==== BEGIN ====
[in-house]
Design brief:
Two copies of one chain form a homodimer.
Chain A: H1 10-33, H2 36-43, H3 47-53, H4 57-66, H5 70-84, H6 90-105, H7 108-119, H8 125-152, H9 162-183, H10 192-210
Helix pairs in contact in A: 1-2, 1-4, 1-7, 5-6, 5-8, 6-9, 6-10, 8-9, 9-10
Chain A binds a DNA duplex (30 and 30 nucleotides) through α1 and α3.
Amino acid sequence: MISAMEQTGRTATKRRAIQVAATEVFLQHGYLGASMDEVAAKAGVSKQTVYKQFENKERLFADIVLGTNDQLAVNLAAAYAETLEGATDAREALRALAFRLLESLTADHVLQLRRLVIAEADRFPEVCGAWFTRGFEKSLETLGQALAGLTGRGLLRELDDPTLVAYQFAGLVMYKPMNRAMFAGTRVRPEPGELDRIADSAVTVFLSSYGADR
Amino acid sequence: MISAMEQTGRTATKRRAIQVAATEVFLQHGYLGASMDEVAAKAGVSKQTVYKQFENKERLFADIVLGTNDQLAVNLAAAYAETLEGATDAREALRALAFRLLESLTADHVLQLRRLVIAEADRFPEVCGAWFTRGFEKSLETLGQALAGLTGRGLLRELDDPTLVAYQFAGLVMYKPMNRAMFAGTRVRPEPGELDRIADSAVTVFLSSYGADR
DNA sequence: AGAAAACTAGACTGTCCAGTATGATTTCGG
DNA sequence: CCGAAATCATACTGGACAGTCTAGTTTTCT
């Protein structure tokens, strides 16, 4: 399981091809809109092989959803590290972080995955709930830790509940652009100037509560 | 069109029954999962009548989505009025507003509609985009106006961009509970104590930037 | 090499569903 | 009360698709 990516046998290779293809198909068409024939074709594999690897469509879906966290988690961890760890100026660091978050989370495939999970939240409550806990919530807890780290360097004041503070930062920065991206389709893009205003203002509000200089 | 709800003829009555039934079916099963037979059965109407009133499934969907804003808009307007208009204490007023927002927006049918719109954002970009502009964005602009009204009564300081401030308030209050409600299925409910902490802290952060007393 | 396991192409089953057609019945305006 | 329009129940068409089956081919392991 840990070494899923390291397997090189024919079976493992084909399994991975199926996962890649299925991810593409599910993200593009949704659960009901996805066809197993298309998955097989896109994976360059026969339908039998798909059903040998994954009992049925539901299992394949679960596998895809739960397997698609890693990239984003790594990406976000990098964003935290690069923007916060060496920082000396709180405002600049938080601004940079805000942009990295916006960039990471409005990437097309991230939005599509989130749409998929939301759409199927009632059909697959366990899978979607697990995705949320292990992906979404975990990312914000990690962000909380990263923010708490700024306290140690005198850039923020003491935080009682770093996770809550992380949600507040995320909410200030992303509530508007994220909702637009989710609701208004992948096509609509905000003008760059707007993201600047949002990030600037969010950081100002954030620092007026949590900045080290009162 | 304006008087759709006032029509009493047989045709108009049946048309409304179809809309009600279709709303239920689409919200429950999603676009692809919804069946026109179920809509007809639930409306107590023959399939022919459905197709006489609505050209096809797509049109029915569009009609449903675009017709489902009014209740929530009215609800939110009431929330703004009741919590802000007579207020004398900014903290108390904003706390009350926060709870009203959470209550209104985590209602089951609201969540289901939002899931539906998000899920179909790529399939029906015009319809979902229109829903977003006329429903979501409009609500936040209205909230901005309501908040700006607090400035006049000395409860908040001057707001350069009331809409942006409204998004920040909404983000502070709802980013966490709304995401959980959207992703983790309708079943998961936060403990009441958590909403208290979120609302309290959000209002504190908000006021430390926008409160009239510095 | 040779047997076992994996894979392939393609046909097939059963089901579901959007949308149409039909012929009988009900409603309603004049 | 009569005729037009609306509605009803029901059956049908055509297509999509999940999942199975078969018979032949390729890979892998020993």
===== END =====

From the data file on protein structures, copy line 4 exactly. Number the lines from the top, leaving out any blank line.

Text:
Chain A: H1 10-33, H2 36-43, H3 47-53, H4 57-66, H5 70-84, H6 90-105, H7 108-119, H8 125-152, H9 162-183, H10 192-210